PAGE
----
April is Autism Awareness Month, and a new paperback edition of Drawing Autism displays artwork created by artists all along the spectrum. You can take a look at some examples over here, and New Yorkers can hear from the book’s editor at the United Nations on April 2nd.
Last weekend marked the debut of Giphy, a new search engine for animated GIFs. Of course, I’m not willing to give a verdict on its utility just yet – the database doesn’t seem to list my three favorite GIFs of all time: therapist lion, slow motion corgis, and Kermit meets Christian.
New York Times travel editor Monica Drake recounts visiting Antigua after reading Jamaica Kincaid’s A Small Place—a sharp critique of tourism and the colonialist narrative around the island. As she puts it, “For all the drama of its history, […] the beauty of the place, the very thing that bewitches its tourists, renders it a time capsule to its residents.”
New this week: The Secret Place by Tana French; 10:04 by Ben Lerner; Barbarian Days by William Finnegan; Wittgenstein, Jr. by Lars Iyer; The Emerald Light in the Air by Donald Antrim; and The Bone Clocks by David Mitchell. For more on these and other new titles, check out our Great Second-half 2014 Book Preview.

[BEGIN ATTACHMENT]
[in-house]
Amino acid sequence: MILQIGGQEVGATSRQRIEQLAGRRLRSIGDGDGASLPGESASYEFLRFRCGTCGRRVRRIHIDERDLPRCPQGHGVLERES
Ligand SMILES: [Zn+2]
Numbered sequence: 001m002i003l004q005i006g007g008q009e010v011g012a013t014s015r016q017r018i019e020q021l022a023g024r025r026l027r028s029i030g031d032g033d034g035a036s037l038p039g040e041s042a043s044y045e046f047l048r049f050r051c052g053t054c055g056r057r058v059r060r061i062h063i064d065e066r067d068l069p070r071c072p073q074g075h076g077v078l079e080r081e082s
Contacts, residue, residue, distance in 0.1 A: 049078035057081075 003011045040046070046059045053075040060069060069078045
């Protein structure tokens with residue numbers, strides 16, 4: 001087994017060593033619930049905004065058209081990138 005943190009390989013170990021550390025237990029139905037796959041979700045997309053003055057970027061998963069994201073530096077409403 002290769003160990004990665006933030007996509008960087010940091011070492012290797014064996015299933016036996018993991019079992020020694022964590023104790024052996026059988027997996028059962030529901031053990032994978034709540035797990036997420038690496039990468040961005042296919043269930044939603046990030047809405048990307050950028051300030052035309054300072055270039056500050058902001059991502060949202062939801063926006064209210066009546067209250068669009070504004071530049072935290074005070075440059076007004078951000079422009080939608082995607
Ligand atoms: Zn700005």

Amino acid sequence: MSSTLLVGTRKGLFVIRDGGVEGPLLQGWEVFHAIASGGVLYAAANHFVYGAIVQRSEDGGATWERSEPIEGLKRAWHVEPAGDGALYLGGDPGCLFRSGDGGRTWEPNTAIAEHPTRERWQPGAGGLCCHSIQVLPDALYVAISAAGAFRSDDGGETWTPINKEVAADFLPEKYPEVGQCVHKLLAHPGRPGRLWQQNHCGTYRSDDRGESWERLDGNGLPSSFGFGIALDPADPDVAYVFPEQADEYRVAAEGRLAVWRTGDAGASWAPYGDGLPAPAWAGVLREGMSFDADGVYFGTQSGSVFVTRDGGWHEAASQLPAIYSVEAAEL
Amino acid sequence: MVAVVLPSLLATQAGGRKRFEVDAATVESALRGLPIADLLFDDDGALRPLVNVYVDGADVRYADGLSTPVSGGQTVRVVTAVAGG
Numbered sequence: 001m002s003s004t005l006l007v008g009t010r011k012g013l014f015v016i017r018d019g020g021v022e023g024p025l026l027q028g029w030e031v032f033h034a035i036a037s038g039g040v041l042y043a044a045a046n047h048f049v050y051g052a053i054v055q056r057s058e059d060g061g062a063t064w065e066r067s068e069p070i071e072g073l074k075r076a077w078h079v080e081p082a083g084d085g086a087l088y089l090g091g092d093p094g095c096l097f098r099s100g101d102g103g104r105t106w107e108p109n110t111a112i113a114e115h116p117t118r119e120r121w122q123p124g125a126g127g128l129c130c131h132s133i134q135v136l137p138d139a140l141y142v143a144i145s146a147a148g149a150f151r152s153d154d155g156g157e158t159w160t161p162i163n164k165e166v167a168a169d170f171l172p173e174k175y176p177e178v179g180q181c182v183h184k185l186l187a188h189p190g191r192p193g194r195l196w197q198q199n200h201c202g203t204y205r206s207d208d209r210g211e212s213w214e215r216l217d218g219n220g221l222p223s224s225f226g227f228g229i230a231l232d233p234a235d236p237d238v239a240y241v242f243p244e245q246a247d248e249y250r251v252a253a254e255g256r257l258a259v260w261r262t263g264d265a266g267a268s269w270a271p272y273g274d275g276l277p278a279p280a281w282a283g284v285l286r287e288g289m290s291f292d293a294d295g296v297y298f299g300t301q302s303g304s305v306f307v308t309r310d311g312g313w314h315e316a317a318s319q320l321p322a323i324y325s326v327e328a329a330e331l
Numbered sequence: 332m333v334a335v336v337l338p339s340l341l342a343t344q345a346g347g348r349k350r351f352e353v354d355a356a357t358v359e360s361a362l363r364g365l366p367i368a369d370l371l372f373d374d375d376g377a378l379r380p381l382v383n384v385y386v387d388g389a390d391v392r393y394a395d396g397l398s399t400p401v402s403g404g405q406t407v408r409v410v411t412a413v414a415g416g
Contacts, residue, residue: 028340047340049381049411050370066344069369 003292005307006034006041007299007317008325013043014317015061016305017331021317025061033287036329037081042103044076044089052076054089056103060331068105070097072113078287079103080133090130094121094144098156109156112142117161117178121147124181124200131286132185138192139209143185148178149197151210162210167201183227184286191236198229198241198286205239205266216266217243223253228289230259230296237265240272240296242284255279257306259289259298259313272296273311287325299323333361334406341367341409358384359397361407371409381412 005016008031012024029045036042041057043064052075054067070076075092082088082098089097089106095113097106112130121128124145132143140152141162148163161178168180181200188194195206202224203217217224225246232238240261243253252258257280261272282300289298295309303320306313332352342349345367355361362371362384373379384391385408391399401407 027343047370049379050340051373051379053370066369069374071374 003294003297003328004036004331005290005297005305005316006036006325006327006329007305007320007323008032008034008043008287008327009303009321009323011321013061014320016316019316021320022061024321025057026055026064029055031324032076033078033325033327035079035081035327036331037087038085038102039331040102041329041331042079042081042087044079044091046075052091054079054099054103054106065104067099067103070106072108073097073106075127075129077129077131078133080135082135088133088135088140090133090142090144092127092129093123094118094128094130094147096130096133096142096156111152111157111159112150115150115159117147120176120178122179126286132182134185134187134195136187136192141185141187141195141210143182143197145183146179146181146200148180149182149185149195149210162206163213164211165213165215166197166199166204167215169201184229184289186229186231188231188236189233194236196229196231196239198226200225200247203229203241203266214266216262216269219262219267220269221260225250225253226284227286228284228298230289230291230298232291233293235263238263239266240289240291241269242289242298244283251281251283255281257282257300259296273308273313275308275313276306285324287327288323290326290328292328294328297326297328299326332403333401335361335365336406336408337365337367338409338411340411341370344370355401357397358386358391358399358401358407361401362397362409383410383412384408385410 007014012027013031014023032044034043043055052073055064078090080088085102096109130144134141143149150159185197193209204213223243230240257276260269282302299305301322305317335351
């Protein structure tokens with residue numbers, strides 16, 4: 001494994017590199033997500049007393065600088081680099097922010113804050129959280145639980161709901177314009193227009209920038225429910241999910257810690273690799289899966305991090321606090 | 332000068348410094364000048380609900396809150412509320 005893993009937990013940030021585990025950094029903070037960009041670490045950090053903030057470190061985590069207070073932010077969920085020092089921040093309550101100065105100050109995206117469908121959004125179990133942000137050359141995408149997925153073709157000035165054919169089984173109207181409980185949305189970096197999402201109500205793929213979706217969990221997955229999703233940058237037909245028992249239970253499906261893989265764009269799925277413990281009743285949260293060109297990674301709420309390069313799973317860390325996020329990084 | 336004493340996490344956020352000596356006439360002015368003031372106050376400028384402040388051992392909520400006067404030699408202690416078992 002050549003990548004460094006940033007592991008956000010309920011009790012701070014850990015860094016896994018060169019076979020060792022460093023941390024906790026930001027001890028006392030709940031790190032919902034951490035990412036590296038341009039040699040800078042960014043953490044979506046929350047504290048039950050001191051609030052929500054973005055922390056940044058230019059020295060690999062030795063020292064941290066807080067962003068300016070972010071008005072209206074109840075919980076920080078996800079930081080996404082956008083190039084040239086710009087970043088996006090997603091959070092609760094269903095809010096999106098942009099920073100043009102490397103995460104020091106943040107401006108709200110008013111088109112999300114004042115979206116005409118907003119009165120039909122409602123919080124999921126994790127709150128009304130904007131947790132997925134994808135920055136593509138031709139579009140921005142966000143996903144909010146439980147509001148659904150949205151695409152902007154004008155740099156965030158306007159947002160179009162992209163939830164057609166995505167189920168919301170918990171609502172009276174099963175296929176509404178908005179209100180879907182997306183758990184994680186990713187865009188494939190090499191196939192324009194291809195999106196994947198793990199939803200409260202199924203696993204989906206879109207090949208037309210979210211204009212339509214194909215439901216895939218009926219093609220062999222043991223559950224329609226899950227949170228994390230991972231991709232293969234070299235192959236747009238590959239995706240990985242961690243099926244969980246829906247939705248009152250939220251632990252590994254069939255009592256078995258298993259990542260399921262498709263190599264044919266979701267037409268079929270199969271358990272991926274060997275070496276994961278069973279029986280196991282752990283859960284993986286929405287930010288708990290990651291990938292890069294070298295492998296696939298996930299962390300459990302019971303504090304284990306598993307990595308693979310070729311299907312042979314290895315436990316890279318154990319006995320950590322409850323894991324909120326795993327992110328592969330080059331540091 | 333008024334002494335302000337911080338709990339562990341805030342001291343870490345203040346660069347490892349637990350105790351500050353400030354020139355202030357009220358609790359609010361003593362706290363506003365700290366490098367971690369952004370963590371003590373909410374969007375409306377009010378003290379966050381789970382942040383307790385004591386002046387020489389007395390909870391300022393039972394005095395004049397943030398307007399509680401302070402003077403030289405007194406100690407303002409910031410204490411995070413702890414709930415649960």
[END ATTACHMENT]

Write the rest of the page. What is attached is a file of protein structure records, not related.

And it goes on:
Out this week: Hunger by Roxane Gay; The Changeling by Victor LaValle; The Accomplished Guest by Ann Beattie; So Much Blue by Percival Everett; Erotic Stories for Punjabi Widows by Balli Kaur Jaswal; The City Always Wins by Omar Robert Hamilton; and Blind Spot by Teju Cole. For more on these and other new titles, go read our most recent book preview.
“After breaking down the data by neighborhood and age group, it became clear: Children’s books are a rarity in high-poverty urban communities. The likelihood that a parent could find a book for purchase in these areas ‘is very slim.’” On book deserts across America.
“Poets ought to learn how to present work as well as produce it,” says Joe Weil, who shares some invaluable Tips for Doing a Poetry Reading. (Bonus: our own Janet Potter offers a tutorial on the appropriate way to introduce an author [or poet] before their reading.)